A panel of independent experts convened by the US Food and Drug Administration this week attempted to define acceptable evidence criteria for drug developers wishing to limit the indication of marketed therapies to a genetically defined subpopulation without sacrificing the agency’s standards for efficacy and safety.
The FDA’s Oncologic Drugs Advisory Committee met in Gaithersburg, Md., to discuss drug makers’ use of retrospective clinical trials to define the genetic subpopulation for targeted treatments. The committee considered two real-world examples — Amgen’s Vectibix and ImClone/Bristol-Myers Squibb’s Erbitux, both anti-epidermal growth factor receptors for colorectal cancer — in discussing the issues surrounding retrospective analyses, including assay validation, appropriate sample requisition, and biomarker discovery.
ImClone and Amgen have each submitted retrospective analyses in an effort to update the drugs’ labels to show they are more efficacious in patients with metastatic colorectal cancer who carry a wild-type version of the KRAS gene.
The Oncologic Drugs Advisory Committee did not convene the meeting to decide whether the labels should be updated. Rather, the committee met to discuss the kinds of evidence the FDA should demand from sponsors that want to narrow the patient population for a drug based on the results of a genetic test developed after the therapeutic came to market.
Ideally, the agency prefers that a companion diagnostic is developed simultaneously with the drug, Richard Pazdur, director of FDA’s Division of Oncology Drug Products, said during the meeting. However, as the industry identifies new gene associations and develops new assay methods, concurrent drug/diagnostic development is not always possible, the FDA acknowledged in briefing documents for the meeting.
The FDA approved Erbitux (cetuximab) in 2004 and Vectibix (panitumumab)in 2006. The acceptance within the scientific community of KRAS as a predictive marker of response to EGFR-inhibiting treatments in metastatic colorectal cancer came in the years that followed.
Although the panel did not arrive at any definitive conclusions about when and how to conduct retrospective analyses meant to define genetic subpopulations for a drug, several committee members urged the FDA to maintain “common sense” evidentiary criteria. Committee members generally agreed that when considering retrospective data on genetically targeted treatments, the FDA should validate the assay used to define the subpopulation; ensure that tumor samples used in the study represent the disease state of the patients in the trial; and require sponsors to replicate retrospective findings in a prospective trial.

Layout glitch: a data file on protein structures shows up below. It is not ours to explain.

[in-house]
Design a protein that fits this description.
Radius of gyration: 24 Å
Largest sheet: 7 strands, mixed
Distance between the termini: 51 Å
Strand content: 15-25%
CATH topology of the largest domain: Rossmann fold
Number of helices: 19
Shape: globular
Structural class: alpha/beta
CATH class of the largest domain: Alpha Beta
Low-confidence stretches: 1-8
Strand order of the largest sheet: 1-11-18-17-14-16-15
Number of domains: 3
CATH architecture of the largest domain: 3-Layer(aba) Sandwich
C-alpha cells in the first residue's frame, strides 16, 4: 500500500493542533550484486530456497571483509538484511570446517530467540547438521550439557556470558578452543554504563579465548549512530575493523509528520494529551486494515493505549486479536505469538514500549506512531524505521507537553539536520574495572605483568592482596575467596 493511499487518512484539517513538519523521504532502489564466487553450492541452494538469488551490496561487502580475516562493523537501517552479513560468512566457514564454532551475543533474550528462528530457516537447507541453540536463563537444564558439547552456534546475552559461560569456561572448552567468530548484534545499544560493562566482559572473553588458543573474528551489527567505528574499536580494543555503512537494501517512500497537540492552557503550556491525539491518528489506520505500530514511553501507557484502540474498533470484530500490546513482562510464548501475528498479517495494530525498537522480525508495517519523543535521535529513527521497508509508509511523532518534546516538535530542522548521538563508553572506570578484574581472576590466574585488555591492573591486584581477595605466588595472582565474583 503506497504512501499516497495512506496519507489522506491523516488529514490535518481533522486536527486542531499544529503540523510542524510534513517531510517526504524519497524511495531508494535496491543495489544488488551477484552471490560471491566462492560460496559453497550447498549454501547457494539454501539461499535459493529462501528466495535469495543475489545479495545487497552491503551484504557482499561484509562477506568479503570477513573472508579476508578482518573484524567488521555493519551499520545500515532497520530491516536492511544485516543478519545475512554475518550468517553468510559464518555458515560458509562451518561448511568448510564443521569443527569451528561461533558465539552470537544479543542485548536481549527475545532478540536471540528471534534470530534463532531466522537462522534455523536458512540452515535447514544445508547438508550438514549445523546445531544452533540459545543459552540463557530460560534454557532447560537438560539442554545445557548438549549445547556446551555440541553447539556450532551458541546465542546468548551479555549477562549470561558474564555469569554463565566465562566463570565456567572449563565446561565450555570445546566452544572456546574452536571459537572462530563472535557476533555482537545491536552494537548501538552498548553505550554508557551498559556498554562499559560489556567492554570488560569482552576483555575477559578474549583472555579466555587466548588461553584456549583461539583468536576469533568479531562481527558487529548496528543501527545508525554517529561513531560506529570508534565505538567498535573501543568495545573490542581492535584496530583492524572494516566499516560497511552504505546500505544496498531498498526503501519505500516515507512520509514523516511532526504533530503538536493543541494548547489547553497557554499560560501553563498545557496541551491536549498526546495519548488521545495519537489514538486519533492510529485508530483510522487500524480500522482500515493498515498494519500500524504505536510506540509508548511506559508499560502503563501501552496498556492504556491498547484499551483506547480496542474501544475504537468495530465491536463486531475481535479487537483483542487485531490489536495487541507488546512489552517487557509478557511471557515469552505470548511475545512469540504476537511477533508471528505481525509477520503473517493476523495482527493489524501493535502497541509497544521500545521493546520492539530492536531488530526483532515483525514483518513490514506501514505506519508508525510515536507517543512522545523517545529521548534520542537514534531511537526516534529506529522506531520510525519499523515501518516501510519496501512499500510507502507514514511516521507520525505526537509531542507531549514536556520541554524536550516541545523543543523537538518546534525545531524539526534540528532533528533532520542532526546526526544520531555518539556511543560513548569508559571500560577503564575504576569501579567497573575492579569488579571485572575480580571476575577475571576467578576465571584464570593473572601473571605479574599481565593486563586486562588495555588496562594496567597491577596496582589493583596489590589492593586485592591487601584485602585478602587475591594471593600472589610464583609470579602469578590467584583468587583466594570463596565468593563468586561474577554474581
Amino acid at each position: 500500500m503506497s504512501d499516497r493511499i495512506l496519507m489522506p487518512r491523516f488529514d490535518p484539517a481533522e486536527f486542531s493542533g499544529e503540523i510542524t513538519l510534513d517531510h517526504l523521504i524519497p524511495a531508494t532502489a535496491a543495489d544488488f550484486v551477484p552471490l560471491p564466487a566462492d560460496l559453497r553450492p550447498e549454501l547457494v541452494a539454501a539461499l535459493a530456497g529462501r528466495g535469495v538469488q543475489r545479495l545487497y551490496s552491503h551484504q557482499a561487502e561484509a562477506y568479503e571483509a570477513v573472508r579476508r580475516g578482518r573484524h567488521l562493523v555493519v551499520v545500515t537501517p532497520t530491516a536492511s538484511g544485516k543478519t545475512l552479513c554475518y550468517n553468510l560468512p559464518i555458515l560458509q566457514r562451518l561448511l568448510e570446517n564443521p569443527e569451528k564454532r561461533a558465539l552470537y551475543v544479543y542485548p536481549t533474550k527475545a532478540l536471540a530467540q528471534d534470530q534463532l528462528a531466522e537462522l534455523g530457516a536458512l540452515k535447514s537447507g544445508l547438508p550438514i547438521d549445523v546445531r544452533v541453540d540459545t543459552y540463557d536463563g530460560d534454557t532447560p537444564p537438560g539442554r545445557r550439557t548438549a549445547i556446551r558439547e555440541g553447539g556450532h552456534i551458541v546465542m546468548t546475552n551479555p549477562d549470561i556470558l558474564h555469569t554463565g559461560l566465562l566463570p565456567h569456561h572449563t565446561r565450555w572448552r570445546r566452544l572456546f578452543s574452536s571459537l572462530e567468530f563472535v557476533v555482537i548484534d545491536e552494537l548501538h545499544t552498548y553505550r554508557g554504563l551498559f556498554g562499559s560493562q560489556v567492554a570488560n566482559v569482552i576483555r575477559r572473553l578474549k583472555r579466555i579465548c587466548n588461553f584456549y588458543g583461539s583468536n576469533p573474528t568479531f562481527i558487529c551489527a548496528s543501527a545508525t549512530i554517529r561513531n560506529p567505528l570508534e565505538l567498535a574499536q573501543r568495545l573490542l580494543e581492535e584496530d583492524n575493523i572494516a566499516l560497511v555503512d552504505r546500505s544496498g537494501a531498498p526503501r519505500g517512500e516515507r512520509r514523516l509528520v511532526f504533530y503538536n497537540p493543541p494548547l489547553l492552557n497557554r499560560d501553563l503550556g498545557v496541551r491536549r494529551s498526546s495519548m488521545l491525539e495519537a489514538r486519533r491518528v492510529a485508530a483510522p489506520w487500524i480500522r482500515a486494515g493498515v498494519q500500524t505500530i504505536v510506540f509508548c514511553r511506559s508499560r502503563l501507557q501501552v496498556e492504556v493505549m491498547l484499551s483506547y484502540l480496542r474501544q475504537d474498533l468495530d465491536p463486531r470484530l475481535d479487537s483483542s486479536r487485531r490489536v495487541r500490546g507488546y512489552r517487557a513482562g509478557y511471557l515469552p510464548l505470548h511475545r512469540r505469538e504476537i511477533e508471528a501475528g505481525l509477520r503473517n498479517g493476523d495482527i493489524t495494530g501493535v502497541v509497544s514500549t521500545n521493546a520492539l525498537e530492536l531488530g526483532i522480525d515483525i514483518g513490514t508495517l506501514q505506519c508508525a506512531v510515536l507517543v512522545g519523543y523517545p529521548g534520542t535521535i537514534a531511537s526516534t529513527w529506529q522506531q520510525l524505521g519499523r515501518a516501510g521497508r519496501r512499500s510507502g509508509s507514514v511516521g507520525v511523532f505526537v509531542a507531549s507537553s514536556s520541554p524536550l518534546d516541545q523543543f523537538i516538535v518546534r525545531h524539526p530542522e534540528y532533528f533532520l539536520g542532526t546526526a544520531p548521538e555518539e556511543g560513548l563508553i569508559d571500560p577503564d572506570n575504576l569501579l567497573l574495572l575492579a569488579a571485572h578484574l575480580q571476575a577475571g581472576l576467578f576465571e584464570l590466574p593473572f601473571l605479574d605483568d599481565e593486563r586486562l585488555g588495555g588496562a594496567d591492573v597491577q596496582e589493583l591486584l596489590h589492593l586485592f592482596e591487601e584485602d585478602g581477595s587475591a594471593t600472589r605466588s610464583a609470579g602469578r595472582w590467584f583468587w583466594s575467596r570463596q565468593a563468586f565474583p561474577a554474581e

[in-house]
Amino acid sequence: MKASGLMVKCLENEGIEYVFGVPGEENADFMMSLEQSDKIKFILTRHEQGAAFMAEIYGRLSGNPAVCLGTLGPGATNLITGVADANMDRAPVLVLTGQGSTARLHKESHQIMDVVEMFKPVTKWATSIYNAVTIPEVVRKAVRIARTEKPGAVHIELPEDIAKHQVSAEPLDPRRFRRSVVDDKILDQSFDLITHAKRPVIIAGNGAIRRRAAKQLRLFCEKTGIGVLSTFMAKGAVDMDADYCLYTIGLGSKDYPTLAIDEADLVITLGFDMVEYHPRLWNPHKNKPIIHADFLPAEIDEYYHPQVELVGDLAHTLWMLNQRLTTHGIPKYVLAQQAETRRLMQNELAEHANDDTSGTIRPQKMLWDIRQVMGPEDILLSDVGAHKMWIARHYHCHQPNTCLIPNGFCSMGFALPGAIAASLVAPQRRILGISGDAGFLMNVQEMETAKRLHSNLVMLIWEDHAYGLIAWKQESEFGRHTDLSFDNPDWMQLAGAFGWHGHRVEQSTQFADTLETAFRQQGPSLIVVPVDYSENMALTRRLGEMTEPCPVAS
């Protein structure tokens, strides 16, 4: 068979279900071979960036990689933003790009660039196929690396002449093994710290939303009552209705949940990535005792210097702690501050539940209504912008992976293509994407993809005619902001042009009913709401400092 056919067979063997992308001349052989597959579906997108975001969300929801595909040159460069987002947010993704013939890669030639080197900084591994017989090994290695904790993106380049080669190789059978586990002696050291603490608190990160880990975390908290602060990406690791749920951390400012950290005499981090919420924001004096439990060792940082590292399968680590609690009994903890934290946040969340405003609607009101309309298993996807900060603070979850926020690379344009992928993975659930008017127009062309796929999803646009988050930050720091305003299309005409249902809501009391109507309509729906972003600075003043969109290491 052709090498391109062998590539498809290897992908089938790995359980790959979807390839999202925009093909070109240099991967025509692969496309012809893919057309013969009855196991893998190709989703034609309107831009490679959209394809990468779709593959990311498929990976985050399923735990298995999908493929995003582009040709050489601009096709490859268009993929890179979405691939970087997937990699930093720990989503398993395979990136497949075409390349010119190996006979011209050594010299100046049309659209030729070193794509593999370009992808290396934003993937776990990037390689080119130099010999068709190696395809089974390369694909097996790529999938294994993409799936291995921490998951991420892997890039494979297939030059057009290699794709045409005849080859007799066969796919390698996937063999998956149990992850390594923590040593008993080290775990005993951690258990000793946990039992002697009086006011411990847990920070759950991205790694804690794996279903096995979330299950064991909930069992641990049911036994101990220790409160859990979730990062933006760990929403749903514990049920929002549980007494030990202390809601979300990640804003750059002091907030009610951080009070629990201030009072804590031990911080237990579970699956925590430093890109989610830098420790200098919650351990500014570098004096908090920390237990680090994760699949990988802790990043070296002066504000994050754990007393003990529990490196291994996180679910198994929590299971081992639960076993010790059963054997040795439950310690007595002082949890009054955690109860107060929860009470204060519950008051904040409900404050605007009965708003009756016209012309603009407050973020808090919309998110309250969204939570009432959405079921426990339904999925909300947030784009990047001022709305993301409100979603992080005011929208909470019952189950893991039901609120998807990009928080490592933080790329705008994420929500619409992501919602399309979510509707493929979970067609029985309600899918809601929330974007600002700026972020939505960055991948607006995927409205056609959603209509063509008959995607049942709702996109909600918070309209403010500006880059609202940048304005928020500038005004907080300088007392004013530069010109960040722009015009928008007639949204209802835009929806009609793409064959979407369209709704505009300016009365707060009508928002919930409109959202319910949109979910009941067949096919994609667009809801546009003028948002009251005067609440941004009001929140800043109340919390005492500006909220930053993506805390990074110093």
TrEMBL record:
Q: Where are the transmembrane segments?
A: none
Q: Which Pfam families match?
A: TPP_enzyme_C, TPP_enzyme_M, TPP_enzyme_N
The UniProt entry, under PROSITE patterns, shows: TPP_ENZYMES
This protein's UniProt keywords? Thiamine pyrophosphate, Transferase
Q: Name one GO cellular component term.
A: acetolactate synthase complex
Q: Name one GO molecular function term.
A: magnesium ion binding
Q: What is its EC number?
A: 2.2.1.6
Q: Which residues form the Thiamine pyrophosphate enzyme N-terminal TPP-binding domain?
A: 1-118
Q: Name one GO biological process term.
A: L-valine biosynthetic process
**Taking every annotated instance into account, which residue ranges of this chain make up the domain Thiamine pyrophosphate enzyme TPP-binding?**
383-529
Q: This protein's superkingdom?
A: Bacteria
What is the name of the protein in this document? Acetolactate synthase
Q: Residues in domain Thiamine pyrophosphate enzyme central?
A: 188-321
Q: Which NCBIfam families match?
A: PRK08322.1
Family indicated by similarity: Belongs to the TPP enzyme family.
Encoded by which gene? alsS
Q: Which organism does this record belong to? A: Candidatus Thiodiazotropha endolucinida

“We want to be careful that we don’t box [FDA] into a corner where with our information we set a bar that’s so high from our advice that they can’t make sensible decisions,” cautioned Derek Raghavan, director of the Cleveland Clinic Taussig Cancer Center and an ODAC consultant. “One of the things that have been lost here today — and this may be the first time I’ve seen this at the FDA — is that two companies have come here today to enter into a situation where they sell less product. That seems like an important thing.
“We need to set rigor, we need to have good assays, and we need to have well-powered studies, but we might create a fudge factor that would allow [the FDA] to look at the overall numbers,” Raghavan added.
He pointed out that the FDA allows drug companies to submit meta-analyses of “poorly conducted, small studies” under certain circumstances. “That’s not a replacement for a well-conducted study, but we [should] set rules where we have common sense in them and allow the FDA discretion to look at what was the intent of the [retrospective] study,” he continued. “If we raise the bar with a lot of clever terms that will actually stop common sense from being implemented, that would be a shame.”
FDA makes clear in its briefing documents that it discourages retrospective genomic-biomarker assessments, since such trials involve the “re-analysis of a ‘failed’ clinical trial in which efficacy is purported to be established in a subset defined by a genomic biomarker/patient characteristics without consideration of multiplicity (i.e., data dredging), substantial missing data, and poorly characterized assays.”
Seeking to update their labels with KRAS testing data, ImClone and Amgen submitted retrospective analyses to the FDA that looked at efficacy outcomes when KRAS genomic status was considered before administering Erbitux and Vectibix.